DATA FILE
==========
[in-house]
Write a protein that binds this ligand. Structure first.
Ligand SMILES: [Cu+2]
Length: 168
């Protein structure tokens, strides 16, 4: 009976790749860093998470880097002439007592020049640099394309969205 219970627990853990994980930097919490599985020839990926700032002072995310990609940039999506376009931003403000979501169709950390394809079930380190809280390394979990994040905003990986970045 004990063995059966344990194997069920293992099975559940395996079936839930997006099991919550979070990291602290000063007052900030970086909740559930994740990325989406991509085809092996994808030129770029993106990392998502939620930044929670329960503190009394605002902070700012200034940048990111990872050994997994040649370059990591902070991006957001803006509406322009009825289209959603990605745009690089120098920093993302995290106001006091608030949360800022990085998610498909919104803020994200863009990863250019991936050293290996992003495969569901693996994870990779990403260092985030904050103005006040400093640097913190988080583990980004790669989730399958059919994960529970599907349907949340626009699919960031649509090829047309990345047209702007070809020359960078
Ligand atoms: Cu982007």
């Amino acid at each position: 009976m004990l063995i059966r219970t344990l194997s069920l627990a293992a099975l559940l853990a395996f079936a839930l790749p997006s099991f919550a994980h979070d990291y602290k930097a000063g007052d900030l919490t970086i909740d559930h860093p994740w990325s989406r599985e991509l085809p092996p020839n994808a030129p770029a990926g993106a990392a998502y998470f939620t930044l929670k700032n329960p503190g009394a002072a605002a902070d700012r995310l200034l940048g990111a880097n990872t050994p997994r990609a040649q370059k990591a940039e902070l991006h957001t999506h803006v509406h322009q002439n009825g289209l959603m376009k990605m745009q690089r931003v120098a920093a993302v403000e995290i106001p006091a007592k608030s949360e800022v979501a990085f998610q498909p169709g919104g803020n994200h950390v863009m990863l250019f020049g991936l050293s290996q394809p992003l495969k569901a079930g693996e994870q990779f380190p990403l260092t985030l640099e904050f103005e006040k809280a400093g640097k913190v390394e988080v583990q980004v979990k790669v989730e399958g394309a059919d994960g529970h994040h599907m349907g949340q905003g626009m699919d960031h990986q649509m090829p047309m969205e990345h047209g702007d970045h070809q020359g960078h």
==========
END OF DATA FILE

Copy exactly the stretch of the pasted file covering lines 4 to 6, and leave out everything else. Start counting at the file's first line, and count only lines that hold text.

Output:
Length: 168
């Protein structure tokens, strides 16, 4: 009976790749860093998470880097002439007592020049640099394309969205 219970627990853990994980930097919490599985020839990926700032002072995310990609940039999506376009931003403000979501169709950390394809079930380190809280390394979990994040905003990986970045 004990063995059966344990194997069920293992099975559940395996079936839930997006099991919550979070990291602290000063007052900030970086909740559930994740990325989406991509085809092996994808030129770029993106990392998502939620930044929670329960503190009394605002902070700012200034940048990111990872050994997994040649370059990591902070991006957001803006509406322009009825289209959603990605745009690089120098920093993302995290106001006091608030949360800022990085998610498909919104803020994200863009990863250019991936050293290996992003495969569901693996994870990779990403260092985030904050103005006040400093640097913190988080583990980004790669989730399958059919994960529970599907349907949340626009699919960031649509090829047309990345047209702007070809020359960078
Ligand atoms: Cu982007």